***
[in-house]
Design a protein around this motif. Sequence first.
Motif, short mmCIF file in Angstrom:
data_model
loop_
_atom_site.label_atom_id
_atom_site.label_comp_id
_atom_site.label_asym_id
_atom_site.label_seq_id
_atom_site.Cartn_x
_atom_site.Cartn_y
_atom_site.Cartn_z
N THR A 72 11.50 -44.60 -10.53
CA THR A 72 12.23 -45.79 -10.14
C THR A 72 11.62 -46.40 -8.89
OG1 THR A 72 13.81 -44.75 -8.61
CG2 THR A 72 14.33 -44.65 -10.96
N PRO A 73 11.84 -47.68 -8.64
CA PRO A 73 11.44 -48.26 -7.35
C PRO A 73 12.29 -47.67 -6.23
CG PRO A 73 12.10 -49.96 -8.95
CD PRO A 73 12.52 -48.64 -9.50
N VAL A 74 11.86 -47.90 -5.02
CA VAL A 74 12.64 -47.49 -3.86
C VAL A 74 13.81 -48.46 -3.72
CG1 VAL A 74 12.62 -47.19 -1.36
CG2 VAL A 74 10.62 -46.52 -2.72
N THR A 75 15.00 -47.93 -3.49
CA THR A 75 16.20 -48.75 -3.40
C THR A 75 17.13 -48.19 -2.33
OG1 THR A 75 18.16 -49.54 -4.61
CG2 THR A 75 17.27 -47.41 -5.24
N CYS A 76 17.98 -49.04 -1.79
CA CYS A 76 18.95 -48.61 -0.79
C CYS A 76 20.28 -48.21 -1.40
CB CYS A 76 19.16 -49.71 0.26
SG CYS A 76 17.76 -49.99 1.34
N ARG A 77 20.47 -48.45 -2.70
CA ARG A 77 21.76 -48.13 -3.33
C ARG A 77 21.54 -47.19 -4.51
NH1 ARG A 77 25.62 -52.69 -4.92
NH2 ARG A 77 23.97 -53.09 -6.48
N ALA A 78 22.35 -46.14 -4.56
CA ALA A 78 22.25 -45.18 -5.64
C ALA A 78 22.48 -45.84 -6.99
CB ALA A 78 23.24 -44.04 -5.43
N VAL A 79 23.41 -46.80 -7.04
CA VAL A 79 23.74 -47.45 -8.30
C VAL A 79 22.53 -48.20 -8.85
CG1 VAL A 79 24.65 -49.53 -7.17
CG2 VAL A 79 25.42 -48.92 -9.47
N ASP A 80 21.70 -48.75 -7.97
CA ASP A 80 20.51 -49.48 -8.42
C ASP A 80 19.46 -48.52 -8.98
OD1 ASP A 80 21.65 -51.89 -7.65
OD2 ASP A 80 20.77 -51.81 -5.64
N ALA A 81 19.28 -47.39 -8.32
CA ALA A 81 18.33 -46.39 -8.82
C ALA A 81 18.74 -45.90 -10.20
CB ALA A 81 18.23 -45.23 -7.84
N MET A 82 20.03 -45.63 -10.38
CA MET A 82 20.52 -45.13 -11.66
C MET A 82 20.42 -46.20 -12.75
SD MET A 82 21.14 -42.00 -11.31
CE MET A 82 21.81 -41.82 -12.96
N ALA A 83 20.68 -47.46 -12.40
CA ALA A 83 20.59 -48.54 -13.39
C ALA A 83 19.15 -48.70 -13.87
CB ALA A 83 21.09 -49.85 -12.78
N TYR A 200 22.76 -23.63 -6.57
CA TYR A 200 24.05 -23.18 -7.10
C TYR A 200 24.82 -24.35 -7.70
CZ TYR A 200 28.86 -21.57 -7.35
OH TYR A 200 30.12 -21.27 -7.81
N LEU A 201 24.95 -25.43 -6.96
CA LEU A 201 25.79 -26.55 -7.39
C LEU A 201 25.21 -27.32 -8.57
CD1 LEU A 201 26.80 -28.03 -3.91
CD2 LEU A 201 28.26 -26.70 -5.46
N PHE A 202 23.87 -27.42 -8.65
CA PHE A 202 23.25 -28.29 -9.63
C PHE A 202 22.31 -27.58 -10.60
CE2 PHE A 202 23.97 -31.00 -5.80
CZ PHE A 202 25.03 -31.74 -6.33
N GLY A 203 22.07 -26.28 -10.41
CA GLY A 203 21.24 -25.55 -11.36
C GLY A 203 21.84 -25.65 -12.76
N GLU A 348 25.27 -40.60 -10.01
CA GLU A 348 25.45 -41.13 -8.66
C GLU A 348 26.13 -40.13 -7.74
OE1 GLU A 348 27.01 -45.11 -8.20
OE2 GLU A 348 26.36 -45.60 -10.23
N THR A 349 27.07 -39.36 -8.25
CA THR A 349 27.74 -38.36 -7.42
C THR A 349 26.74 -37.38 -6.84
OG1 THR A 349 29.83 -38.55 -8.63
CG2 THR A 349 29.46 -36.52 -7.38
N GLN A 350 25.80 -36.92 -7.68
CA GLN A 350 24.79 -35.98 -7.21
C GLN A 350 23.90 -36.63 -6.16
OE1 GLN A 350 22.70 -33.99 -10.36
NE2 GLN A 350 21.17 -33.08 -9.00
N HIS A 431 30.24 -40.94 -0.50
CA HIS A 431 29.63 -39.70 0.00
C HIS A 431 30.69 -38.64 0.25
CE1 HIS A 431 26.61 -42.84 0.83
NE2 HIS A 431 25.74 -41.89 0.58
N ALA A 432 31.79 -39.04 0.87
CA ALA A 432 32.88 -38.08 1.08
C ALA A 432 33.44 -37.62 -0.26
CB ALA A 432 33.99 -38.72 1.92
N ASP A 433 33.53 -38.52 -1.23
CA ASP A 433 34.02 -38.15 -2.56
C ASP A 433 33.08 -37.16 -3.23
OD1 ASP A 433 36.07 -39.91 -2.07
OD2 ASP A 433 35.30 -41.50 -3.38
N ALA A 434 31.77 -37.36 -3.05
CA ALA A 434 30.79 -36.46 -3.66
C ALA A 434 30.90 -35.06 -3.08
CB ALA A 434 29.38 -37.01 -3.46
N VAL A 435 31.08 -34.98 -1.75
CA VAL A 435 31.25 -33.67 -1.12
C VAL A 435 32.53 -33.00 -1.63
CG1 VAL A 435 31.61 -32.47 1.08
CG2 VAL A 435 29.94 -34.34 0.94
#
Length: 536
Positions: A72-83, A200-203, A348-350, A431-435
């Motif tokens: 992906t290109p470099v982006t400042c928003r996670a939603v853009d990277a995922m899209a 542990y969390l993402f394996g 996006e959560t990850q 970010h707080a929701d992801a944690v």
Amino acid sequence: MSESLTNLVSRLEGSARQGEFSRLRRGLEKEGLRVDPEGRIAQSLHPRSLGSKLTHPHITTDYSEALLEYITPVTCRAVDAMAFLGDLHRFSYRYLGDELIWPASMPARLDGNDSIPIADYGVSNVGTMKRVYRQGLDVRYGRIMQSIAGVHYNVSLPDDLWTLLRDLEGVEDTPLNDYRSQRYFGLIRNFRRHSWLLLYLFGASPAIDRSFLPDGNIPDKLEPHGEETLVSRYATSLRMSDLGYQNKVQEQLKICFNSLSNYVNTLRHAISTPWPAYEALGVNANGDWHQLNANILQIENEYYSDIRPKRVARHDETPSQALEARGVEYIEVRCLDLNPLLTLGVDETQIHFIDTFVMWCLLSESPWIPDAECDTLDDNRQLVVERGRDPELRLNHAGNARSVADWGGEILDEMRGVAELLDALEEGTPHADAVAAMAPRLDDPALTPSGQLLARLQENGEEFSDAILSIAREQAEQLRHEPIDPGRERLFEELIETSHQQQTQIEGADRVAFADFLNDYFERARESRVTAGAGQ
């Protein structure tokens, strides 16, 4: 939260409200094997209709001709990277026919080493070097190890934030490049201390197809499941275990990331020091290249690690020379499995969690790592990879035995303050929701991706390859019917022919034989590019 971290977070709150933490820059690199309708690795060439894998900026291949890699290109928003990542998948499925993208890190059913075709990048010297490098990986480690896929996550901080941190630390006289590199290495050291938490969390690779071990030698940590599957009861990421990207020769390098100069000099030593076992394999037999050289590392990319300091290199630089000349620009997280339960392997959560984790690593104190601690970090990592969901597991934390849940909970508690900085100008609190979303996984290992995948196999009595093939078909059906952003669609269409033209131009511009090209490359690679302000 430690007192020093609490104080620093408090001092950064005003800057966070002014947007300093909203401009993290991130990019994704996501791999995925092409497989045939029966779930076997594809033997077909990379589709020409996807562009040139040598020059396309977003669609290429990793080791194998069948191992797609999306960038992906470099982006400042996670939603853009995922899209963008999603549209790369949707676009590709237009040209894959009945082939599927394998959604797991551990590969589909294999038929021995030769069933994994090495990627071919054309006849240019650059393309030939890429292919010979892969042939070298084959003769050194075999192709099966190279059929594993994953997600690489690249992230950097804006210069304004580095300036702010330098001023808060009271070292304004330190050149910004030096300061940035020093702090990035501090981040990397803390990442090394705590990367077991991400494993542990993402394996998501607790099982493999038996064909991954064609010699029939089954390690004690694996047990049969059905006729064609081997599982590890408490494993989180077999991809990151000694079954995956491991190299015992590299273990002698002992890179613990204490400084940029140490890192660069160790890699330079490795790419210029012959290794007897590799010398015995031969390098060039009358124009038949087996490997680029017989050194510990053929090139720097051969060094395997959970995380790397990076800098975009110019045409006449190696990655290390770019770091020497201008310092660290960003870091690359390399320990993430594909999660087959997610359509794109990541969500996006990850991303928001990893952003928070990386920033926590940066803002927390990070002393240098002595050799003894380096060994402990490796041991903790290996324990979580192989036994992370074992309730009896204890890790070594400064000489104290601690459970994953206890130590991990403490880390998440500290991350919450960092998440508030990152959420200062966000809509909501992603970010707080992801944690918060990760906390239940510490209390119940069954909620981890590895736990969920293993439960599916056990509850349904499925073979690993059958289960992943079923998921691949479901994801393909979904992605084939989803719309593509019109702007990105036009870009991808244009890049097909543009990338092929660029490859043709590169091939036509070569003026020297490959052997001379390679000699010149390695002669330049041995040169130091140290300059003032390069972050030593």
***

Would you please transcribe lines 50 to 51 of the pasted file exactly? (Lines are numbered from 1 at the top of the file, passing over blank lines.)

CG1 VAL A 79 24.65 -49.53 -7.17
CG2 VAL A 79 25.42 -48.92 -9.47